A Public Health Worker Looks Back at the Pandemic and How We Reacted to it
Like many of us, I’ll be thinking about the COVID pandemic for the rest of my life. I’ll think about those surreal first few months, the patients I cared for, the intricacies of the disease, and the progress we made in preventing and treating the illness. I expect to think most about the diverse ways that people dealt with the threat, risk, and uncertainty created by the virus.
Like half the world, I reread The Plague in the summer on 2020 and found it about 100 times more engrossing than I did when it was forced on me in high school. I have started to write about our disparate reactions to COVID myself and hope to continue.1
As much as possible, I have listened to and read about how people’s experiences shaped their views of the pandemic and affected how they are coming out on the other side. I have enjoyed reading the views of Dr. Matthew Brignall, someone who worked in public health during the pandemic, that he has shared on twitter. I reached out to him and asked if he would expand his tweets into a reflection for Sensible Medicine. I am thrilled he said yes.
My most memorable day of the public health pandemic response was a cold morning in late April 2020. The local health department, for which I worked, had just gotten a supply of test kits from FEMA and gained capacity to run them through our state public health lab. I led a testing team of nurses and administrators at a local memory care facility. The first patient I tested was behind a zipper door struggling to breathe. I remember her name – same as my grandmother’s. I remember the pictures on her nightstand and the sad sound she made when I did the nasopharyngeal swab. She died two days later, along with another several residents and staff from the facility. I admit to being terrified that day to be in the same room for the first time with the virus that was all over the news.
I joined the local public health response in March 2020, first via the Medical Reserve Corps, then as a part-time employee after federal emergency funding came through. I stayed on board until this month when the money ran out. During the last two and a half years, I had a front row seat for the public health response, and I feel that the narrative I read in many places today misses the big picture of what really occurred.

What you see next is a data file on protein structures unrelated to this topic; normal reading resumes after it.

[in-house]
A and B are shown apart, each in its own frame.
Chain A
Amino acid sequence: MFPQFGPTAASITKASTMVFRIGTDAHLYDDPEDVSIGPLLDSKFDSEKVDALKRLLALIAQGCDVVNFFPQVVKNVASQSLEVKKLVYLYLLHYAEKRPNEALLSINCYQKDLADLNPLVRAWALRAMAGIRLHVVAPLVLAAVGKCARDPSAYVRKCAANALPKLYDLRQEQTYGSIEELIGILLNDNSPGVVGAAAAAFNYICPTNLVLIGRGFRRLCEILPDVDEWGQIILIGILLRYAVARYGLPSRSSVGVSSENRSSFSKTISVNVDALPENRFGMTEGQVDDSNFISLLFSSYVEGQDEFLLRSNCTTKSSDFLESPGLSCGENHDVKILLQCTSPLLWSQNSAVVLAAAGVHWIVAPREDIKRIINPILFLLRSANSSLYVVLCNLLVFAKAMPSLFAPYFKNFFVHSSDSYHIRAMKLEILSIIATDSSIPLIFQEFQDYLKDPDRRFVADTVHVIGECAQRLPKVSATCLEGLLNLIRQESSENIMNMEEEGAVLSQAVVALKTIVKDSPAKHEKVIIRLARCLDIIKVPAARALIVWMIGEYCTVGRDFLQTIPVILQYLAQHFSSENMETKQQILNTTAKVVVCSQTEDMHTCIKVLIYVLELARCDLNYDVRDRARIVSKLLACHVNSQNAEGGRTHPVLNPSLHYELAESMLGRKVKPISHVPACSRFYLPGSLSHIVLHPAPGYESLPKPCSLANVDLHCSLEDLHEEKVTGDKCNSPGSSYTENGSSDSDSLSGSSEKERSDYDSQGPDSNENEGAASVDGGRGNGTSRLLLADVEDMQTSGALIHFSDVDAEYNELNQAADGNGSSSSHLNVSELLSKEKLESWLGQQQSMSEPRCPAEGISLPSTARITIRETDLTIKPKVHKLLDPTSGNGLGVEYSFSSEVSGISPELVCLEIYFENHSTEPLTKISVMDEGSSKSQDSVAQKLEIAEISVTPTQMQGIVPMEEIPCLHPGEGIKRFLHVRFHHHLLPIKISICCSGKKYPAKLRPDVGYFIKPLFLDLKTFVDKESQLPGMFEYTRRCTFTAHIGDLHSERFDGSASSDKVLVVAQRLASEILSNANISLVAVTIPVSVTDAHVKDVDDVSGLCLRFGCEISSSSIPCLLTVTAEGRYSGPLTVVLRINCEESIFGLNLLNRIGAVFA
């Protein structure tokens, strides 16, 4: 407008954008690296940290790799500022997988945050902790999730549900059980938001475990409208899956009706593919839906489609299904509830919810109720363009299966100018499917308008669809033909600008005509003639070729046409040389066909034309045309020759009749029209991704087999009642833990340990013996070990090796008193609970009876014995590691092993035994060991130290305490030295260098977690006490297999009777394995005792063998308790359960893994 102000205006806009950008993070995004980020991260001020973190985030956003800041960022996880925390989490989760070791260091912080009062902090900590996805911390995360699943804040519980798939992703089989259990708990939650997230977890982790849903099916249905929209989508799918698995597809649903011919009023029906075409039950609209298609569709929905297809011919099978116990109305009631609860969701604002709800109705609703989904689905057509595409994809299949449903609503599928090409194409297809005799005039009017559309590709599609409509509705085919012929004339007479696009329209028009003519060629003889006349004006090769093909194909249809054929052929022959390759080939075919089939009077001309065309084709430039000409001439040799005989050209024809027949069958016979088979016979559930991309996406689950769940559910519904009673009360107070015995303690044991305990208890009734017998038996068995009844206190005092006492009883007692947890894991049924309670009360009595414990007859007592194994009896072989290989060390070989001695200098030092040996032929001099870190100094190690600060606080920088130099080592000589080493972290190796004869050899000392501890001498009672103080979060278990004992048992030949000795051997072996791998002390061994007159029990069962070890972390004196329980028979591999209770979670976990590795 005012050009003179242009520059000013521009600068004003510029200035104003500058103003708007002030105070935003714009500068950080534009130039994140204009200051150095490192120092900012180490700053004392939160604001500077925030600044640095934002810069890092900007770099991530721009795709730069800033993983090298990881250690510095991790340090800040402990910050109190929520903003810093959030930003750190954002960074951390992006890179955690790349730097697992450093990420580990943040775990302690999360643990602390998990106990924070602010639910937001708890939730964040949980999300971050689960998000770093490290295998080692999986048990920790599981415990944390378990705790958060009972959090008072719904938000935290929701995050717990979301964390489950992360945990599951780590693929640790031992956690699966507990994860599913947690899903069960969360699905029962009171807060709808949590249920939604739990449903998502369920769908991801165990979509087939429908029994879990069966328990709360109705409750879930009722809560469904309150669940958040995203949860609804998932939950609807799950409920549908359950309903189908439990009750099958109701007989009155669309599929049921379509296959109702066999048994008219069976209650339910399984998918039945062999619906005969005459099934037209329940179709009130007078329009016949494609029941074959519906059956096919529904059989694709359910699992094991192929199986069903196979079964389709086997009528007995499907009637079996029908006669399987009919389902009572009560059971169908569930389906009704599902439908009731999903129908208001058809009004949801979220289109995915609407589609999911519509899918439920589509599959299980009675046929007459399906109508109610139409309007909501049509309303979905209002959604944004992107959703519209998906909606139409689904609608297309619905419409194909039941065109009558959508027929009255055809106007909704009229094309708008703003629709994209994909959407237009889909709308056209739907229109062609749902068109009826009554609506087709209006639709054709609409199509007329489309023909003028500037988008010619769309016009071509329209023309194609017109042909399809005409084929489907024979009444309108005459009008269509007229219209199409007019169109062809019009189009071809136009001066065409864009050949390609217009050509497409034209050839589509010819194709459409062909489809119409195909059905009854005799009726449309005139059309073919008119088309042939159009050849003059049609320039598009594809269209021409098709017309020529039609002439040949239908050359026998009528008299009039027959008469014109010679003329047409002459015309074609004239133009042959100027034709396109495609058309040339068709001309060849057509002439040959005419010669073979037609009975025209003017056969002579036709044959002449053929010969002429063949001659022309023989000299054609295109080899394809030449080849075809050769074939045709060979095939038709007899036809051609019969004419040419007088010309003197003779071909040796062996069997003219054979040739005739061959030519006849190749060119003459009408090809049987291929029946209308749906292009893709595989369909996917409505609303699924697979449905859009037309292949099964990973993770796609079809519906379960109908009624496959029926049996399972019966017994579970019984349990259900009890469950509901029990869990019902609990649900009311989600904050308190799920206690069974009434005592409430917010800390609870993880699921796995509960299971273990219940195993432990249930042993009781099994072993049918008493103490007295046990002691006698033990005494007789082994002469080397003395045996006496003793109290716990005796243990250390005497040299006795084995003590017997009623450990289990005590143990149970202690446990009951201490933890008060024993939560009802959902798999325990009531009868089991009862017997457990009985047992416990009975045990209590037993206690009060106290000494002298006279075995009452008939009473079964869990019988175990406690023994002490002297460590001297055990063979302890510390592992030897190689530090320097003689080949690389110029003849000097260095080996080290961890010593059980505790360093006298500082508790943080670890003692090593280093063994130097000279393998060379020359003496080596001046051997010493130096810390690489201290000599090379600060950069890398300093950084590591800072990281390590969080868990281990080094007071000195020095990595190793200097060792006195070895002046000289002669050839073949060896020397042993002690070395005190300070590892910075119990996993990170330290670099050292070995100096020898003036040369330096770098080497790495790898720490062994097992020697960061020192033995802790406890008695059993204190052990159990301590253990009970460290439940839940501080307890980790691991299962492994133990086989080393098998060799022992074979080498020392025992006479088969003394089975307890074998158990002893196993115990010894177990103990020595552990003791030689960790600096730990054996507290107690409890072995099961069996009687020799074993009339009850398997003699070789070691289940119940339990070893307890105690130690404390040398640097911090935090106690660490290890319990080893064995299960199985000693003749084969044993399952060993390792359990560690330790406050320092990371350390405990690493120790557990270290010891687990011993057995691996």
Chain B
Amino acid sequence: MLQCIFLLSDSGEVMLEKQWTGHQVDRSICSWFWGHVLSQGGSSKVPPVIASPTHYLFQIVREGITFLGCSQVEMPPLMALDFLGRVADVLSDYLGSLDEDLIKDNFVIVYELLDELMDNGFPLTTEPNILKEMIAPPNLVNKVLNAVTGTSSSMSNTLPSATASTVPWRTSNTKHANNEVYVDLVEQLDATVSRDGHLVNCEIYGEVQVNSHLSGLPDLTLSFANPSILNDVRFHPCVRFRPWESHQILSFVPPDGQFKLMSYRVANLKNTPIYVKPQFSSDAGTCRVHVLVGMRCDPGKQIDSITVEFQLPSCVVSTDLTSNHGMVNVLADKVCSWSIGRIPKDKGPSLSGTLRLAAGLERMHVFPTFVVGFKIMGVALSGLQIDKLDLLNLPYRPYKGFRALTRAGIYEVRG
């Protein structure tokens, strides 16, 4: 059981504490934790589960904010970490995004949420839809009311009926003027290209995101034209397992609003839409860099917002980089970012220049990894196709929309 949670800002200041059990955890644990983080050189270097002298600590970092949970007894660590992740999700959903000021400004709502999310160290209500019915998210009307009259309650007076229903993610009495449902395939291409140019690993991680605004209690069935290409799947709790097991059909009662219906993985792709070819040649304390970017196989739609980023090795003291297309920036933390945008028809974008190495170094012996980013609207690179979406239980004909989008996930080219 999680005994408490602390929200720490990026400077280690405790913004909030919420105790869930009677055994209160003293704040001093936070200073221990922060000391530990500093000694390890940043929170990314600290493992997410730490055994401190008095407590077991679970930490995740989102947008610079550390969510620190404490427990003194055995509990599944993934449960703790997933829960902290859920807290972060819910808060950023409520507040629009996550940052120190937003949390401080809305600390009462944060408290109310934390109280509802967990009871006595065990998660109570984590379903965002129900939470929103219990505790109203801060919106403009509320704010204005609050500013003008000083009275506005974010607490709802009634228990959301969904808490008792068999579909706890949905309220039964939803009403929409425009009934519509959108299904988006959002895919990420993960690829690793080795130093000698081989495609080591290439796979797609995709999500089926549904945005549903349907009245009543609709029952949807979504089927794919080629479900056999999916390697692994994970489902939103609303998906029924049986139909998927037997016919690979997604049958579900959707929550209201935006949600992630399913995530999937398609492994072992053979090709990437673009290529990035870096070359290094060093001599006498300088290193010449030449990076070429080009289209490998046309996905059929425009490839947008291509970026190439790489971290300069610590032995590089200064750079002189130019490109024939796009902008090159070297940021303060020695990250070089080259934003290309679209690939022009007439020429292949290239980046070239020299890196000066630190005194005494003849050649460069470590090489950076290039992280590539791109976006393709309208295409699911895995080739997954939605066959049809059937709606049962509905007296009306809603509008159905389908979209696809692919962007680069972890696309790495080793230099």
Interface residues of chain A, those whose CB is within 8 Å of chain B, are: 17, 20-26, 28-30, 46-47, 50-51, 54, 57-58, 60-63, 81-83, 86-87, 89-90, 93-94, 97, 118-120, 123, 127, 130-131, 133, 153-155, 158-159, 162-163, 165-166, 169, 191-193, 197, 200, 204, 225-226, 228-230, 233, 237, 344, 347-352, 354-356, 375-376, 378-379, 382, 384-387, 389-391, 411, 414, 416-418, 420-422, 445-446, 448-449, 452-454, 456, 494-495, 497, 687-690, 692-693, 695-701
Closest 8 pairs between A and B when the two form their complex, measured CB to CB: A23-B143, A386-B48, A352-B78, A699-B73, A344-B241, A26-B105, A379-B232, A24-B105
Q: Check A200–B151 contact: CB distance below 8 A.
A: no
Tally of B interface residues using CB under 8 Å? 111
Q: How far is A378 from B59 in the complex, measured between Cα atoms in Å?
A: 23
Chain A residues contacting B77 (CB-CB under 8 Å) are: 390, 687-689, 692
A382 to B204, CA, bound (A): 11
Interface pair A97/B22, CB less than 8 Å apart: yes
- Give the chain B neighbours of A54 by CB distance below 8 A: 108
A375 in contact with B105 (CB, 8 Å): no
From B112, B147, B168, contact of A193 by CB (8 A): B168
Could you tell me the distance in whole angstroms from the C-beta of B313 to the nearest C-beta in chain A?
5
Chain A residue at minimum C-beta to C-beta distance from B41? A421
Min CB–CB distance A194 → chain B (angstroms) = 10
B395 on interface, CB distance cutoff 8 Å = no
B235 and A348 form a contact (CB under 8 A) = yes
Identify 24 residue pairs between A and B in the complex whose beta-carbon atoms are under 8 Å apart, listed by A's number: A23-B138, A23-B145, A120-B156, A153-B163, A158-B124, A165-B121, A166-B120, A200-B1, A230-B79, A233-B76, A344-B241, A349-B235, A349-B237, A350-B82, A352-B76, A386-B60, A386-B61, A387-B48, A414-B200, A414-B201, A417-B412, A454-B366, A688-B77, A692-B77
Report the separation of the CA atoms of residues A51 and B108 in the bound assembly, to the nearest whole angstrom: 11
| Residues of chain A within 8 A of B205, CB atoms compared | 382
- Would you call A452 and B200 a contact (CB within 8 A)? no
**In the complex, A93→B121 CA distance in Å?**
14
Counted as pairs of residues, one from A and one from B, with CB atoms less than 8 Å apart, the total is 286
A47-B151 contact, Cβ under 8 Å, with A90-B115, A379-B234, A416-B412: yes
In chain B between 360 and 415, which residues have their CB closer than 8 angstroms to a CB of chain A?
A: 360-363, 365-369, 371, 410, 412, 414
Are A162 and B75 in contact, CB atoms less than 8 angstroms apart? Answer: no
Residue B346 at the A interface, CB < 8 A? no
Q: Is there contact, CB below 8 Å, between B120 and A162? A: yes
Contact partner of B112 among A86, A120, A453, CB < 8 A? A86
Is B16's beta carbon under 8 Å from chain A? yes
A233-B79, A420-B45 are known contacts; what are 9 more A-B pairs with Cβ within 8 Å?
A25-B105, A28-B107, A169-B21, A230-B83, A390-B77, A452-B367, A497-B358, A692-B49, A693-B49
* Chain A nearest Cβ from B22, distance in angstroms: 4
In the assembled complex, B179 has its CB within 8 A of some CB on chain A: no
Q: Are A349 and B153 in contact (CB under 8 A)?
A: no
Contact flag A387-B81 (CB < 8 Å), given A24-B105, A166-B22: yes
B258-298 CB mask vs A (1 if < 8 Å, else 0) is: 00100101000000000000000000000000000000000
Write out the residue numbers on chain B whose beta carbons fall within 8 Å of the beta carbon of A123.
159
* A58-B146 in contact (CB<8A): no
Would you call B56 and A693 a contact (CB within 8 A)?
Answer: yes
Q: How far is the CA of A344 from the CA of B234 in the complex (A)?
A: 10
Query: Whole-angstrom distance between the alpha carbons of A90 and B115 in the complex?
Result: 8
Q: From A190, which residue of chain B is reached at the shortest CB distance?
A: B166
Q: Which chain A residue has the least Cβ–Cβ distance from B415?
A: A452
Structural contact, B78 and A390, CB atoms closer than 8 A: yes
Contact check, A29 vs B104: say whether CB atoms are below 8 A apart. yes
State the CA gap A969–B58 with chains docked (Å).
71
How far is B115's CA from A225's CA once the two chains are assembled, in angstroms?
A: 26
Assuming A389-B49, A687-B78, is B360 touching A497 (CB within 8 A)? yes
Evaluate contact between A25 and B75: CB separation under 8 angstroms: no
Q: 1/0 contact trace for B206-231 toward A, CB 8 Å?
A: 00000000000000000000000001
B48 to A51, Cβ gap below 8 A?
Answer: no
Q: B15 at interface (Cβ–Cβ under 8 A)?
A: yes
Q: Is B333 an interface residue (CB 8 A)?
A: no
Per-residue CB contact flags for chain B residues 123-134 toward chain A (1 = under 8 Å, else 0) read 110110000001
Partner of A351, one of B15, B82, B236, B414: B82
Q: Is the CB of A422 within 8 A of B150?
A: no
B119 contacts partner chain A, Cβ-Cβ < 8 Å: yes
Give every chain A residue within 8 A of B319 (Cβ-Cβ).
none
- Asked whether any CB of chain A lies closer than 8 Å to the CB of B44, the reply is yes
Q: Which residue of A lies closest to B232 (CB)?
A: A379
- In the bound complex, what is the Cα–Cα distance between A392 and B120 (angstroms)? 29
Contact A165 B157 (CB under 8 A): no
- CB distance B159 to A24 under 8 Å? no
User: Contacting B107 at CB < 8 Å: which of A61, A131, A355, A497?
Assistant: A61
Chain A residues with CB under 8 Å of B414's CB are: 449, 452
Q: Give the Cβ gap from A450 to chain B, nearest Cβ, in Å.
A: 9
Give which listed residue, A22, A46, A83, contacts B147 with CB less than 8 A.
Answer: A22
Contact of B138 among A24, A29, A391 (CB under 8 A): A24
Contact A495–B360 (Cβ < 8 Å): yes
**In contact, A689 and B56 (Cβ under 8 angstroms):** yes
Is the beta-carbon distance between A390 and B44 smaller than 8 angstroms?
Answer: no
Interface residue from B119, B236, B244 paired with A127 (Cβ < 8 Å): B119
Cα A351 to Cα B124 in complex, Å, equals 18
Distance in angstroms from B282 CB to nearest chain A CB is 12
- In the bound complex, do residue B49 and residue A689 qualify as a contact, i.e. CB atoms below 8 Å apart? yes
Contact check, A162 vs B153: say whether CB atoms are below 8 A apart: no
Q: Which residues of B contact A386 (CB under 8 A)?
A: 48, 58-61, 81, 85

The most important thing to know about the pandemic – the thing I think the history books will feature twenty years from now – is that state and local health policies suppressed the spread of COVID-19 until we could develop an effective vaccine and get it into the arms of the most vulnerable people. The graph below is from the largest county in my state and demonstrates this clearly. During these same months, in areas that were more highly seeded with COVID, rates surpassed 5000 cases a day.
Caption: We kept cases low for nearly a year in the Seattle area
How did we do it? We did it by asking businesses to allow people to work from home, by asking bars and restaurants to close temporarily and then reopen with occupancy limits, by isolating and quarantining essential workers and care facilities when outbreaks occurred, by closing schools for nearly a year, and by using mask mandates in many settings.
Each of these steps was, and will continue to be, controversial. People will debate their efficacy long after I’m dead. That is fine, but I hope we can remember that these were good faith efforts by people doing their best to protect their communities.
The red arrow in the figure above marks the time where the infection rates started to rise. This happened about six weeks prior to vaccine approval. Why did it occur? At least in part, it occurred because leaders in many jurisdictions decided that motorcycle rallies, football games, political rallies, and the like were more important than keeping disease levels low. In a highly connected country, decisions by some increased the risk of all.